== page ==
I went to the University of Pennsylvania in fall, 1977. Having been on my high school tennis team, I tried out for the Penn team when I got there. The coach approached me at the end of the first day.
“Umm, you don’t need to come back tomorrow,” the tennis coach said. “But you could go try out for the squash team. They are looking for people.”
“What’s squash?” I asked.
“Go in that building and ask for the squash courts. They will tell you there.”
I went to the squash courts and met Anne Wetzel. She taught me how to play squash. Anne Wetzel was there every day. I got a private lesson Monday to Friday and by sophomore year was on the varsity squash team at Penn. Senior year I was the number two player and captain.
Being on the squash team was a major part of my college experience. We travelled all over the east coast and Canada playing matches and holiday tournaments.
Coach Wetzel was and still is a character. Having 4 children herself, she mothered us and was hard on us at the same time.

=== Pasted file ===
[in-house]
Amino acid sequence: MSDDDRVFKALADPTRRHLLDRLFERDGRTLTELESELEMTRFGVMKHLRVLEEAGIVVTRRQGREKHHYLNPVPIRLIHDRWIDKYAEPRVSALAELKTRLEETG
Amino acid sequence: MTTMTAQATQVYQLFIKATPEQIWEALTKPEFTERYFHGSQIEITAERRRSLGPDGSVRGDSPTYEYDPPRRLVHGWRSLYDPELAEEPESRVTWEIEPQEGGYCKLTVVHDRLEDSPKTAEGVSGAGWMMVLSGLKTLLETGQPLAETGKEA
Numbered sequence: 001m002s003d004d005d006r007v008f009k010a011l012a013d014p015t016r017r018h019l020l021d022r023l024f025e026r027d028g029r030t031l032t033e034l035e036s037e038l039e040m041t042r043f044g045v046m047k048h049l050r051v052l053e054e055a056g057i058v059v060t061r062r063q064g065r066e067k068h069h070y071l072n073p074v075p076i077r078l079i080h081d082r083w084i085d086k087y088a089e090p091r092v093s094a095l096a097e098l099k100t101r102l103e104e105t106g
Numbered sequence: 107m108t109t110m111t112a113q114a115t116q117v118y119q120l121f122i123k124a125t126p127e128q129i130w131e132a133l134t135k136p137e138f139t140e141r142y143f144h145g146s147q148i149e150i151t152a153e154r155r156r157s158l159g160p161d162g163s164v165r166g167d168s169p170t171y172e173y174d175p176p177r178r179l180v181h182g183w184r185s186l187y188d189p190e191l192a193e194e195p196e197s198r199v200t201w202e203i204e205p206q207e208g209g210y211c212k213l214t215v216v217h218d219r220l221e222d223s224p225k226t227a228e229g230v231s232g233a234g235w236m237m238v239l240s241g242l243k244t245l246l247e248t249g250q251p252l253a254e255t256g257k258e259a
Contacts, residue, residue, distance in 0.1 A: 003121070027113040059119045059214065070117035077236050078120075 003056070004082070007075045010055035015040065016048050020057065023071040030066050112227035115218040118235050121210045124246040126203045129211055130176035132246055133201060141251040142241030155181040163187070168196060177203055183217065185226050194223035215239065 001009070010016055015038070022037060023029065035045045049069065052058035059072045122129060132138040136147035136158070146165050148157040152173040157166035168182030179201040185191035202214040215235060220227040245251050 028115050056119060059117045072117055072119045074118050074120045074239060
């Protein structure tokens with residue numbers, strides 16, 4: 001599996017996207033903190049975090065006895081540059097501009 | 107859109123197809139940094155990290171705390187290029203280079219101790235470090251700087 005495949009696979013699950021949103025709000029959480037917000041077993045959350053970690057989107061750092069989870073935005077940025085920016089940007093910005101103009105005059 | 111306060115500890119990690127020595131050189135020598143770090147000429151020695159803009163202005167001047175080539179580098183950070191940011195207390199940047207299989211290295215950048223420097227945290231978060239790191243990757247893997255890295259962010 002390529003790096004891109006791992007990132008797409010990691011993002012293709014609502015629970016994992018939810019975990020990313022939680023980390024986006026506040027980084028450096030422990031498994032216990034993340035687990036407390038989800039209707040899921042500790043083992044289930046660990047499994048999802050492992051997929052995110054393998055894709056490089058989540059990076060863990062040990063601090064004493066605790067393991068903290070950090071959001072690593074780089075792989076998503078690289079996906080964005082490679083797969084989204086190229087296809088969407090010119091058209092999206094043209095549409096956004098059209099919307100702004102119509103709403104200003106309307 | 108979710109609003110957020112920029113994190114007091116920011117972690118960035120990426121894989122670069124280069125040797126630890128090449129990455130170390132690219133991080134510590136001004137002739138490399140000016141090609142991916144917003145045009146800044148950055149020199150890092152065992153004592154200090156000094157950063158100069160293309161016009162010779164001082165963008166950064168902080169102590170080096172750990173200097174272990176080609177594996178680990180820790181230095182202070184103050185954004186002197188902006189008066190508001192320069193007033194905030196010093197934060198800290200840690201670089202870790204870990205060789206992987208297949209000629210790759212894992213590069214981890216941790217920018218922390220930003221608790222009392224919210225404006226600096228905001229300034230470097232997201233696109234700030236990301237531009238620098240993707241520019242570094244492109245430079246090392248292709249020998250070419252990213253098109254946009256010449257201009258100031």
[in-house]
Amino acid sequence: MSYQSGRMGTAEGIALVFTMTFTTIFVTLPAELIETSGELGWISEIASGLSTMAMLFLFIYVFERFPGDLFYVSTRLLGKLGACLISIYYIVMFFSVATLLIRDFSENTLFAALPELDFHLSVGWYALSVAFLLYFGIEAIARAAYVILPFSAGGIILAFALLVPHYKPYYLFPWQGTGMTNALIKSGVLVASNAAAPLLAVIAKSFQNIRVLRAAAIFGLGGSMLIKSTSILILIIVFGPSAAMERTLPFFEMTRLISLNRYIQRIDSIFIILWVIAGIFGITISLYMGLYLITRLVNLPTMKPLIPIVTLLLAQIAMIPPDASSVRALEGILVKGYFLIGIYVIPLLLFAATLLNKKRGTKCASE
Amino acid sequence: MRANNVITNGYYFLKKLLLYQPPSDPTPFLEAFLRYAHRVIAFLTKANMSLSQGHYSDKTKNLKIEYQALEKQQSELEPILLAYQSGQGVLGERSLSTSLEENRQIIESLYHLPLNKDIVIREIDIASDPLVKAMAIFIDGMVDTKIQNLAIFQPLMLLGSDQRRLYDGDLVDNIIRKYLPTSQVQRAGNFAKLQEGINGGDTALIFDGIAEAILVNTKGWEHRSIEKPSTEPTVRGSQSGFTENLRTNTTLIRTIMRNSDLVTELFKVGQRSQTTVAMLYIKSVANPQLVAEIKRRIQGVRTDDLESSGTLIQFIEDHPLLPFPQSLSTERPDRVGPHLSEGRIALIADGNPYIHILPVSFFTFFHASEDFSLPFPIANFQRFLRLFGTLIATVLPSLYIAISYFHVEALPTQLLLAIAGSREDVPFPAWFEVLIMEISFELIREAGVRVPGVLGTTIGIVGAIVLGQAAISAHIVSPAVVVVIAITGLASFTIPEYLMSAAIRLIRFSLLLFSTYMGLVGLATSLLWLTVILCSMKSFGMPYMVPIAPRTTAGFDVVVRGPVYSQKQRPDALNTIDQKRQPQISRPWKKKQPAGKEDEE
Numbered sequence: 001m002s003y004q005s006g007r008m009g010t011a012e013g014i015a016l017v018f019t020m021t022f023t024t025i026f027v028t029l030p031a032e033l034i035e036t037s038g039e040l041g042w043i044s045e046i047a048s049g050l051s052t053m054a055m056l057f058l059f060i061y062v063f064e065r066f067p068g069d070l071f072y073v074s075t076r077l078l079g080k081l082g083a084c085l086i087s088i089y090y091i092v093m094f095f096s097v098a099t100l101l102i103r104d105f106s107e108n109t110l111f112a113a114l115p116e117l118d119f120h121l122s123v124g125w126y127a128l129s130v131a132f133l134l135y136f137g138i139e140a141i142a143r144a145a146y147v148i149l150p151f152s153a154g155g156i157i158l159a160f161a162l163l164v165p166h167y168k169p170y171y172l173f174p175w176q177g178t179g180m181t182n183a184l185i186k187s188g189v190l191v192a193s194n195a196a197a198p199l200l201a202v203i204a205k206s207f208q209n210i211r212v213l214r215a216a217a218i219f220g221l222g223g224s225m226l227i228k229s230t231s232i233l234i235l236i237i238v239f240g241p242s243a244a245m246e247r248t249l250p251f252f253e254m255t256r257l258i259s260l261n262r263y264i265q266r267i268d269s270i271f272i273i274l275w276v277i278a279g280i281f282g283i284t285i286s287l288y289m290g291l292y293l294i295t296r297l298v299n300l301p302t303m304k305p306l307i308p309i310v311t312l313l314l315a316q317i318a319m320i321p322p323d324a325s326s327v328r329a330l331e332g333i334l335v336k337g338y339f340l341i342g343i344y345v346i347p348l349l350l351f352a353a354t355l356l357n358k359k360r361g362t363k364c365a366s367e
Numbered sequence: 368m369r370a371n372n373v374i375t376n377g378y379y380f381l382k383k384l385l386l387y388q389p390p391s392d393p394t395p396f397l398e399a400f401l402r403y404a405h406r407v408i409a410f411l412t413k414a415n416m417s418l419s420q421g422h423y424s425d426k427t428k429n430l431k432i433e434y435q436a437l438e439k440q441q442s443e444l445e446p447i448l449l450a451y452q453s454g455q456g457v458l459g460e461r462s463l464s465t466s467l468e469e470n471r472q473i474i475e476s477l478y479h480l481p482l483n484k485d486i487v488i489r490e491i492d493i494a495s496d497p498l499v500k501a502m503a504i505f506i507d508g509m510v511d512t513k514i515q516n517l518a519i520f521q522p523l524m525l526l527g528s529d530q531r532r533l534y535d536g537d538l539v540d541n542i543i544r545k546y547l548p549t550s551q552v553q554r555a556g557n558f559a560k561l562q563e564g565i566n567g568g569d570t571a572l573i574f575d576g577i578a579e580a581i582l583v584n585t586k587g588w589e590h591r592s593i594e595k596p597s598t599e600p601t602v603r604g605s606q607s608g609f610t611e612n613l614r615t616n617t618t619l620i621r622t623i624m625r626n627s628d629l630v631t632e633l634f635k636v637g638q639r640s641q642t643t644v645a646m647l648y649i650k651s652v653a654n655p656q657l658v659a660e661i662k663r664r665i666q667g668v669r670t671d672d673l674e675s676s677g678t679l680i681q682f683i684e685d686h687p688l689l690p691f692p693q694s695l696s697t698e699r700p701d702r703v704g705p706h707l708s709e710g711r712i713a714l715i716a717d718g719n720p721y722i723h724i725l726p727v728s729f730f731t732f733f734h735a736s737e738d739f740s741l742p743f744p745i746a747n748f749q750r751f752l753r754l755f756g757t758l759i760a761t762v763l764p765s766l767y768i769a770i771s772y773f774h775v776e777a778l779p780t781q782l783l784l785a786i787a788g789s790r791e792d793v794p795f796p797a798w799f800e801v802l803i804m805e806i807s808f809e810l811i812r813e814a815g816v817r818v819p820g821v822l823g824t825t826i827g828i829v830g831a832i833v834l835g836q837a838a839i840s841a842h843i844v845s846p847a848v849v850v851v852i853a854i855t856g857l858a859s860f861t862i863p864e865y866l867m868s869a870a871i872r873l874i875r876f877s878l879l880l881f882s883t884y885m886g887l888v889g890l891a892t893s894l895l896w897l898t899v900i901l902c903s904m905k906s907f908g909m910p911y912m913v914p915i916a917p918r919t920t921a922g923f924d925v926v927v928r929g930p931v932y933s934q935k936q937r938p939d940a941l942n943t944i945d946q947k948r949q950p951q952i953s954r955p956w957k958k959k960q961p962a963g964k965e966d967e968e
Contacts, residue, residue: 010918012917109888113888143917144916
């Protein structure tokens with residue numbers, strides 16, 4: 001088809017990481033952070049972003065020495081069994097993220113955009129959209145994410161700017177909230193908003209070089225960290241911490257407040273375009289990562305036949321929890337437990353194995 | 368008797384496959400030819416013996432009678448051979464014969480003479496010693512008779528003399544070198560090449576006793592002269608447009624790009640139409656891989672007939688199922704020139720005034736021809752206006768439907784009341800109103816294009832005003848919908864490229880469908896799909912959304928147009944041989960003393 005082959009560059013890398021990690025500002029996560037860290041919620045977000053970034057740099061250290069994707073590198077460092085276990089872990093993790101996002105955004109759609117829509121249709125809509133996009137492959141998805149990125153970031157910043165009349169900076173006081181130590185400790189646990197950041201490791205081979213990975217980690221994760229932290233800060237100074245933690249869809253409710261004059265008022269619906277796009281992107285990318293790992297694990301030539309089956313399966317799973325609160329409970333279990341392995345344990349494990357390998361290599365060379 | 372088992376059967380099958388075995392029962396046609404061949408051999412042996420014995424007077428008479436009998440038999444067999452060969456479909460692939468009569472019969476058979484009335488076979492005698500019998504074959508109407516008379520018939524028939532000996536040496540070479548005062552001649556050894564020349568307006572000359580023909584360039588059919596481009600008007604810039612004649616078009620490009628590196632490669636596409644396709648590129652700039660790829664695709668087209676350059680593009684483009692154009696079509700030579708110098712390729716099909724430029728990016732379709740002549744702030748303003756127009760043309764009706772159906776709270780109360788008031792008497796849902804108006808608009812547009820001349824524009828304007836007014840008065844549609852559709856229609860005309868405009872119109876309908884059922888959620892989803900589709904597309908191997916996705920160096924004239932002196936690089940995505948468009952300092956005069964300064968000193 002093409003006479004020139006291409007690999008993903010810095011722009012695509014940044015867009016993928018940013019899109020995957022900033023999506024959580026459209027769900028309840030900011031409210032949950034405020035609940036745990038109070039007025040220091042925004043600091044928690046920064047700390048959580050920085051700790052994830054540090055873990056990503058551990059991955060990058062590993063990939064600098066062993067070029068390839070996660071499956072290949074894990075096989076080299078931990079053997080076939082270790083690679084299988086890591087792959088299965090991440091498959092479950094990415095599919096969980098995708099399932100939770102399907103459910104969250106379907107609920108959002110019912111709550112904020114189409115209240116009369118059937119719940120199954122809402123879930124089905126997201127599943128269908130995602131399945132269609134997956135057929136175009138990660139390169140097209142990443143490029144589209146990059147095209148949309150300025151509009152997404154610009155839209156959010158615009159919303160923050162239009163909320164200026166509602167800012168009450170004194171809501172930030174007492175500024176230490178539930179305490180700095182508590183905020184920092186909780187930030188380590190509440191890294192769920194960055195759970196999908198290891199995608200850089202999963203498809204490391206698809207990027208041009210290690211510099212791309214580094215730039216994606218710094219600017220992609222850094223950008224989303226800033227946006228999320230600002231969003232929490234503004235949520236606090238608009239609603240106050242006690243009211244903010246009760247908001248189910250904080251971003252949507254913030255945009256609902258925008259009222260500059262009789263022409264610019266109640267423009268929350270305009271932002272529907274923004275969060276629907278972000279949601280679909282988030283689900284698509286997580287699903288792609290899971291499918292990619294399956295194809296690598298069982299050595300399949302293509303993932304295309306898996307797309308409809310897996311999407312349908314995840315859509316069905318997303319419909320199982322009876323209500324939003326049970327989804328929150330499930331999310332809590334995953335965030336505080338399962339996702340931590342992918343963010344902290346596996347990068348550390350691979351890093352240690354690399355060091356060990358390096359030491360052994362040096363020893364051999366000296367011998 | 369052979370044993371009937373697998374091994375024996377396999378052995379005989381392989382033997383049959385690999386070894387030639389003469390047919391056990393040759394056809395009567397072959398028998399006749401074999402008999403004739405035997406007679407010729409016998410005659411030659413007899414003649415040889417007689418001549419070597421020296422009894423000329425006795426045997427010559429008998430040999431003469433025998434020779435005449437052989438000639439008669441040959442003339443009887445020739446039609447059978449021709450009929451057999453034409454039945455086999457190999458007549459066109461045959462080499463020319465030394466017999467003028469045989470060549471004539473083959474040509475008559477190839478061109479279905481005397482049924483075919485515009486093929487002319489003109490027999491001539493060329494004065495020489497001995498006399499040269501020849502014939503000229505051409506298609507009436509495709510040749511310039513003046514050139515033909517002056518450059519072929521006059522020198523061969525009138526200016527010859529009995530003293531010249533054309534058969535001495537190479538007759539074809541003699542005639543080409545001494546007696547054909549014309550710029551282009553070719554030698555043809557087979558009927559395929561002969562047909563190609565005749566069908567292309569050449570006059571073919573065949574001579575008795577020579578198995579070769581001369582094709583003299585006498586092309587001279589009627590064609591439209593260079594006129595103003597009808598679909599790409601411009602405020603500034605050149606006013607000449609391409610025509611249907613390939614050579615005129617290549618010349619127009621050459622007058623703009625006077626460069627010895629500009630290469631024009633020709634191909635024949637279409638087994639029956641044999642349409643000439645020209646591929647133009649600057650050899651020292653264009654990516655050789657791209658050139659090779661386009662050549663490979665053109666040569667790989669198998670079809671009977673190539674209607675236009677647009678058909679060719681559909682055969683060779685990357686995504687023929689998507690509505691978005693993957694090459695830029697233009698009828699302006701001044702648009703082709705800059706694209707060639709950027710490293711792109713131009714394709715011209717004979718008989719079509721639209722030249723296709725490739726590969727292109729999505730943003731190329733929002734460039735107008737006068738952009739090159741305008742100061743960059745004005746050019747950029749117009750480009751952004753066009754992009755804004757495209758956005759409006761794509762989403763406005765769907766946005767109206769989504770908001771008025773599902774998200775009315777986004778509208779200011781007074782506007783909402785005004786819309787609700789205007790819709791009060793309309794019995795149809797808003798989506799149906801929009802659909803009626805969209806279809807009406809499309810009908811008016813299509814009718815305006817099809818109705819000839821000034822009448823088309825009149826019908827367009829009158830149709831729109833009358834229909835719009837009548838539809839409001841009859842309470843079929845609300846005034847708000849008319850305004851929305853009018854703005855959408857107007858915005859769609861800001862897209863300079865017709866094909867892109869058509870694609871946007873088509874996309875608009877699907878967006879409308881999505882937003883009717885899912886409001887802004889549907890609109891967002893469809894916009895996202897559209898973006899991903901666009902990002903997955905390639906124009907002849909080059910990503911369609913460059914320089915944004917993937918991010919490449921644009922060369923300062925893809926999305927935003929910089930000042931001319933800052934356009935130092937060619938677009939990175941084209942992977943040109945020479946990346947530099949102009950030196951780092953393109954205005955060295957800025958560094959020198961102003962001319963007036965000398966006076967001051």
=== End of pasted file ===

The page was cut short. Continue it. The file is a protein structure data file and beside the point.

“You are too heavy on your feet,” she told me once. “You have to dance.” She held out her arms and did a waltz around the court, insisting I dance around the court, too.
She drove the van herself when we went travelling. We called her Mario Andretti. She had her own style of driving and we thanked God every time we arrived to a match alive.
Last night I attended a zoom 90th birthday party for Coach Wetzel. There were over 60 people there from all over the world that she had mentored, coached, and mothered.
Her accolades are numerous. She was a national squash champion in her day and was instrumental in getting women’s sports off the map. She has so done so much for women and squash and sports that it’s easier to google her than to list it.
I was struck by the impact that Coach Wetzel had on so many young women like myself during our college years. I took her for granted back then and didn’t appreciate her generosity, strength, tenacity, love, talent and stand for each and every one of us. Listening to everyone talk about how she made a difference in their lives was moving. She remembered all of us and was interested in our lives even after all these years.
Thank you, Coach for the difference you made for all of us. I love you and Happy Birthday!!!